My brother Scott Cervine and I are collaborating on blending poetry and film in his Cinematic Poetry at MOVIES FROM THE HEART website: http://www.moviesfromtheheart.com/
Go to the Screening Room and click on The Lawn Bowling Incident for a short film (allow 1-2 minutes to load) that includes the following poem:
The Lawn Bowling Incident
The grass of the lawn bowling green
lay sleepy as cows under midday sun.
Retirees in white hats, white pants and skirts
leisurely chat in clumps like cotton
awaiting harvest, now and again rolling
a solid black ball small as a large fist
toward the jack on the other end of the green.
Perched on a bench opposite the green,
the hypnotic rotation of the ball lulling
me roll by roll into reverie, I muse
that there is a difference between
spending time and passing time.
It is as though in spending time we become
a tight-fisted man pulling a wad of greygreen bills
from our front pants pocket, unhitching
the gold clip, and paying off the various demands
on our time and attention.
Time is metered out, rationed, allocated --spent.
Even with our children, our mates.
Especially with ourselves.
In passing time, the world slows enough
to hear the clink of ice-cubes in the lemonade glass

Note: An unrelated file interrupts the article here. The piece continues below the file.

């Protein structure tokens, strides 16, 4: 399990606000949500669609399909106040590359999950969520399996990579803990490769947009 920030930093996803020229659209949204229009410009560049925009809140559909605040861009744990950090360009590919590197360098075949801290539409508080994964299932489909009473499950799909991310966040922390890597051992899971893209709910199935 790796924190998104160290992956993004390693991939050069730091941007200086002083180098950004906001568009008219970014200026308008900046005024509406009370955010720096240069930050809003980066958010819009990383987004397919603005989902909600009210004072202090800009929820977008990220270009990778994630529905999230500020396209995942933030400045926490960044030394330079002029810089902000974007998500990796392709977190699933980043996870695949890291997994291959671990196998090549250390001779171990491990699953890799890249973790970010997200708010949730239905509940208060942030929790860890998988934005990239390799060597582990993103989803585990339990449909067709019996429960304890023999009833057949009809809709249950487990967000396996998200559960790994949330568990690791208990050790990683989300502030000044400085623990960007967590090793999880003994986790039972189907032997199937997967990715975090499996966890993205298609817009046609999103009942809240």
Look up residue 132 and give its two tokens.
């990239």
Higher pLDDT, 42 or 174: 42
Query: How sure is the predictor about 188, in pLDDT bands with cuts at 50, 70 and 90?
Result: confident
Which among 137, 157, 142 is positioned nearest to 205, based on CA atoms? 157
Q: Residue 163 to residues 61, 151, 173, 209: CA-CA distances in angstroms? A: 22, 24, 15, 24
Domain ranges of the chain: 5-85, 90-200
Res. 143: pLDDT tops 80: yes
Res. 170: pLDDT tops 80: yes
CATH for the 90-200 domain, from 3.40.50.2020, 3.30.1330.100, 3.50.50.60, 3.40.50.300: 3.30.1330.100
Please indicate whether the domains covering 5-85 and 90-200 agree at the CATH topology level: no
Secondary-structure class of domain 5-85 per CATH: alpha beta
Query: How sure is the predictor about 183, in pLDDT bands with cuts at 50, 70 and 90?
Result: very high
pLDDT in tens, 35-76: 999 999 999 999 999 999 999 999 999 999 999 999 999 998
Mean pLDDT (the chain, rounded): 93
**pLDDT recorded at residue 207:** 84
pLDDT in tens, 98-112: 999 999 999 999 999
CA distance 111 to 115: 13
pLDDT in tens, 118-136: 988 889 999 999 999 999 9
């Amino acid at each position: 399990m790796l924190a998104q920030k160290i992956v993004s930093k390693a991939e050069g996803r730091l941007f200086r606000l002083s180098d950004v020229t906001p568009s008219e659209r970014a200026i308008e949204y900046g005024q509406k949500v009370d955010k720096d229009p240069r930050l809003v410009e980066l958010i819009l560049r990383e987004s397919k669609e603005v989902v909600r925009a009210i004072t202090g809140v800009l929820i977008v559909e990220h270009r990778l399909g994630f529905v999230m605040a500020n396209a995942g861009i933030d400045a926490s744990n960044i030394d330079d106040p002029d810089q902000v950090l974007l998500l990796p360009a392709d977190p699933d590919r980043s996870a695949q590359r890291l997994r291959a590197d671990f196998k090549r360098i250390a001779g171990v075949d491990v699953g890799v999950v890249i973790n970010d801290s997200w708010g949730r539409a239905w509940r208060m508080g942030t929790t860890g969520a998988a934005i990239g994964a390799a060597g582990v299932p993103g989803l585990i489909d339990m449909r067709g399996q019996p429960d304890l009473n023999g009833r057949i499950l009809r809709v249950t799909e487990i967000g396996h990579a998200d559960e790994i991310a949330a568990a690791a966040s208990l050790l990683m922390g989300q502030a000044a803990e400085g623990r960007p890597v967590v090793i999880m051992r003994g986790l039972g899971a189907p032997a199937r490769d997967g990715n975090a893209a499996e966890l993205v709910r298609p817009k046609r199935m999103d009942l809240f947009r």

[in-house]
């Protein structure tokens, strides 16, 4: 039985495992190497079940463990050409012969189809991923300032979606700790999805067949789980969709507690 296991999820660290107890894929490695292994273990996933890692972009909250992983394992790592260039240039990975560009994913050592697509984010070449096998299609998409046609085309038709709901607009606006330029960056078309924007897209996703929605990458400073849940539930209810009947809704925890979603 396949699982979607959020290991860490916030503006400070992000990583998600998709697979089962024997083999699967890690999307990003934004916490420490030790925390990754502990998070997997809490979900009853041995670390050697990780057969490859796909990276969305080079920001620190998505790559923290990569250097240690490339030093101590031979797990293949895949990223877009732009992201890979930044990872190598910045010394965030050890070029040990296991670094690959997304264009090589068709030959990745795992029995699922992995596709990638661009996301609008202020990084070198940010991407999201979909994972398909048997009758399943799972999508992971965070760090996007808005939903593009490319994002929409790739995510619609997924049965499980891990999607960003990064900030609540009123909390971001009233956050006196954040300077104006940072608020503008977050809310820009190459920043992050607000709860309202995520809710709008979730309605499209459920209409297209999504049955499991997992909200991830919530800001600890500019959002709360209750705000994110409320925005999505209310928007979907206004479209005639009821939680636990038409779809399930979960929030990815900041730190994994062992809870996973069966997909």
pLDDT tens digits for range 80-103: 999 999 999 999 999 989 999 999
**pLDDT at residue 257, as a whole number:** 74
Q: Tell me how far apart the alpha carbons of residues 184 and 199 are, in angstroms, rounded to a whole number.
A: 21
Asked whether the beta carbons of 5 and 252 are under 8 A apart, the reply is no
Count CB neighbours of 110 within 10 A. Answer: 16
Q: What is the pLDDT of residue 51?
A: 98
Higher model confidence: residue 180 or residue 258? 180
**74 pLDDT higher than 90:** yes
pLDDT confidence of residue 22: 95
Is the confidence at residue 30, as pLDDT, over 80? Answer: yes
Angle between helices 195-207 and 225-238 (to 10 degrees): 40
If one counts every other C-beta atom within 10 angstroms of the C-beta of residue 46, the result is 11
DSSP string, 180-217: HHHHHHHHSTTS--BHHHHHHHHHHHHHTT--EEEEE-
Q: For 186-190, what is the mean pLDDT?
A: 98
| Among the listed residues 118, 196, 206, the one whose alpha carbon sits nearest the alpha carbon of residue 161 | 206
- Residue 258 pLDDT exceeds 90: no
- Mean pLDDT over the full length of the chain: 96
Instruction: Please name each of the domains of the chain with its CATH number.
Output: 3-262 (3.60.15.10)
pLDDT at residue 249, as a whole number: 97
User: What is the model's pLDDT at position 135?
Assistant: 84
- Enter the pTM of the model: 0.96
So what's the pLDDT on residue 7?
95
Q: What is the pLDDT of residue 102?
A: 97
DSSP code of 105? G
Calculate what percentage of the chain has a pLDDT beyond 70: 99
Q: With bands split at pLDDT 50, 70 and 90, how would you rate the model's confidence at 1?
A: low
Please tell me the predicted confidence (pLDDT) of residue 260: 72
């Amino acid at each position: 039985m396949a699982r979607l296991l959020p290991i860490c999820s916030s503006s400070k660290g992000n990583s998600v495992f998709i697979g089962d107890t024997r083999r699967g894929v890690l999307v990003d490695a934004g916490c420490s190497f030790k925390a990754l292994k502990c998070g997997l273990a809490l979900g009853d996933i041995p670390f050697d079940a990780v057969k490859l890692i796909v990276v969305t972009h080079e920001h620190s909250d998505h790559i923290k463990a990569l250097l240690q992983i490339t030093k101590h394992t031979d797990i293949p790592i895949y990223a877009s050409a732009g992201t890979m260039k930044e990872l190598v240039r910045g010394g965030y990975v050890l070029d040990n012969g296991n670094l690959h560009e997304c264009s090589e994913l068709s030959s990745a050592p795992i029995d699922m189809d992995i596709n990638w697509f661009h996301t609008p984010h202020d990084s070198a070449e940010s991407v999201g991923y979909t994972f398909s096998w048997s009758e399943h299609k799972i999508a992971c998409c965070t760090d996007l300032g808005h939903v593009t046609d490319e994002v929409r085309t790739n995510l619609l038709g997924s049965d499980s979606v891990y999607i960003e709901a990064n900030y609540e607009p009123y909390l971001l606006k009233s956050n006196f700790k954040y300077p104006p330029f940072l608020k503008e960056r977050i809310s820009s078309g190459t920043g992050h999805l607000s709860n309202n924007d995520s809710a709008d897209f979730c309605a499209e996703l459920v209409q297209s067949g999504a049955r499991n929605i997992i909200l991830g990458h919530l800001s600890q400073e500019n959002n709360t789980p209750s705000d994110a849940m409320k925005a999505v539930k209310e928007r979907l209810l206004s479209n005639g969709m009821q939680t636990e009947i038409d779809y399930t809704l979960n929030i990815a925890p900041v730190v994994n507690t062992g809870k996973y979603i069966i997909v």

on the front porch railing, the lazy creak
of the swing as it sway back and forth,
the smell of anise and lavender in the yard.
This kind of time is like a stick in a river,
lolling on eddy and current, circling,
given over to the flow of what is larger and wider
Opening my eyes at the sound of a sharp click
as to a hypnotist's finger-snap,
I see it is a black lawn bowling ball
hitting against another.
The sea of white clothing and gentle smiles,
so unlike the turbulence of the government
center next door, draws me into its slow tide.
I rise, confused for a moment as to which way to go,
where I am supposed to be. My feet under me finally,
I begin to walk down the path, past the open gate
of the green, and into the grey building adjacent.
But along the way, I wave towards the lawn bowlers
and make this promise:
to pass as much time in green as I spend in grey,
and to learn to slow down the lawn bowling way.